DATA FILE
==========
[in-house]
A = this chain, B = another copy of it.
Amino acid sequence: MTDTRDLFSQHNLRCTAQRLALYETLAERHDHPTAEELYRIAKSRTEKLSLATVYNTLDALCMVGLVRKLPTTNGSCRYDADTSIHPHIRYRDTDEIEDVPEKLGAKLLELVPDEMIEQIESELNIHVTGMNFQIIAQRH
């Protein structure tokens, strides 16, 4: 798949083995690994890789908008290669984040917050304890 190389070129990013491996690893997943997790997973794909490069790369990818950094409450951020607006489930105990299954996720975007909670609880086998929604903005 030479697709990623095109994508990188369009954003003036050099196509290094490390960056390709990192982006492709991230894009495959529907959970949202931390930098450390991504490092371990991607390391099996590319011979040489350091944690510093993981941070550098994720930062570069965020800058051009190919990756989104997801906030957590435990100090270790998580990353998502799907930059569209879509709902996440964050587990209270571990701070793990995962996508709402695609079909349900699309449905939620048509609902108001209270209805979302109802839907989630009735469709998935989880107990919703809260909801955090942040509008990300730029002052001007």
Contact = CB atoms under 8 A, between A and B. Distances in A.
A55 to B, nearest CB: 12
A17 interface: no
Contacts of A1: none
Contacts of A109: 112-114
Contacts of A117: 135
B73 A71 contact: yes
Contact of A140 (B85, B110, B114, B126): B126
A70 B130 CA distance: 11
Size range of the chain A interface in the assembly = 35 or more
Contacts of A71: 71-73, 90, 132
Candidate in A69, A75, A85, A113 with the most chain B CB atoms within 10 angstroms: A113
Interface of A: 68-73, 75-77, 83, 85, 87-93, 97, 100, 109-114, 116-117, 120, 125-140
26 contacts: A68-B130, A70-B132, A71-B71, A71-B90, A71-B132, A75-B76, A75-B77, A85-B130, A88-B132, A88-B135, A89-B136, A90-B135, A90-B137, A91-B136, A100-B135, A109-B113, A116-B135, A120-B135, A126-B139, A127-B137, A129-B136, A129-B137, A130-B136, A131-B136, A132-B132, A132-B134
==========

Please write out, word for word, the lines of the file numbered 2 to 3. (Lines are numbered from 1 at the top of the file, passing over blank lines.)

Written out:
A = this chain, B = another copy of it.
Amino acid sequence: MTDTRDLFSQHNLRCTAQRLALYETLAERHDHPTAEELYRIAKSRTEKLSLATVYNTLDALCMVGLVRKLPTTNGSCRYDADTSIHPHIRYRDTDEIEDVPEKLGAKLLELVPDEMIEQIESELNIHVTGMNFQIIAQRH